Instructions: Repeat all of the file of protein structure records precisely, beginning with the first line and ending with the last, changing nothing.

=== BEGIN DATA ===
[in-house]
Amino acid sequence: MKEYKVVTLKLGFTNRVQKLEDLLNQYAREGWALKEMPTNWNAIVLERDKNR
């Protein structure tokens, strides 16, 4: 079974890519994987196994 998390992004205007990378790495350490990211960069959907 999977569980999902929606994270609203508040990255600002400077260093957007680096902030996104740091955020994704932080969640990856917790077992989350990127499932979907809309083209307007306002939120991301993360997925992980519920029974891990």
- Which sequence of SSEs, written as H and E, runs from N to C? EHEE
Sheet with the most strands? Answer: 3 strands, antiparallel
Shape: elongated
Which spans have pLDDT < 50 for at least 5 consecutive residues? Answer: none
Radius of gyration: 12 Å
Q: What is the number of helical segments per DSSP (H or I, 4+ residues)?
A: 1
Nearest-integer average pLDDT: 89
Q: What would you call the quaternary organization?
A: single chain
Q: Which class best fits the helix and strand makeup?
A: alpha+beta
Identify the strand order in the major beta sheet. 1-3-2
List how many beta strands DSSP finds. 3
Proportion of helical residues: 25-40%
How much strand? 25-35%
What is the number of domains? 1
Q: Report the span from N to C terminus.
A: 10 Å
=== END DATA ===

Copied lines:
[in-house]
Amino acid sequence: MKEYKVVTLKLGFTNRVQKLEDLLNQYAREGWALKEMPTNWNAIVLERDKNR
């Protein structure tokens, strides 16, 4: 079974890519994987196994 998390992004205007990378790495350490990211960069959907 999977569980999902929606994270609203508040990255600002400077260093957007680096902030996104740091955020994704932080969640990856917790077992989350990127499932979907809309083209307007306002939120991301993360997925992980519920029974891990």
- Which sequence of SSEs, written as H and E, runs from N to C? EHEE
Sheet with the most strands? Answer: 3 strands, antiparallel
Shape: elongated
Which spans have pLDDT < 50 for at least 5 consecutive residues? Answer: none
Radius of gyration: 12 Å
Q: What is the number of helical segments per DSSP (H or I, 4+ residues)?
A: 1
Nearest-integer average pLDDT: 89
Q: What would you call the quaternary organization?
A: single chain
Q: Which class best fits the helix and strand makeup?
A: alpha+beta
Identify the strand order in the major beta sheet. 1-3-2
List how many beta strands DSSP finds. 3
Proportion of helical residues: 25-40%
How much strand? 25-35%
What is the number of domains? 1
Q: Report the span from N to C terminus.
A: 10 Å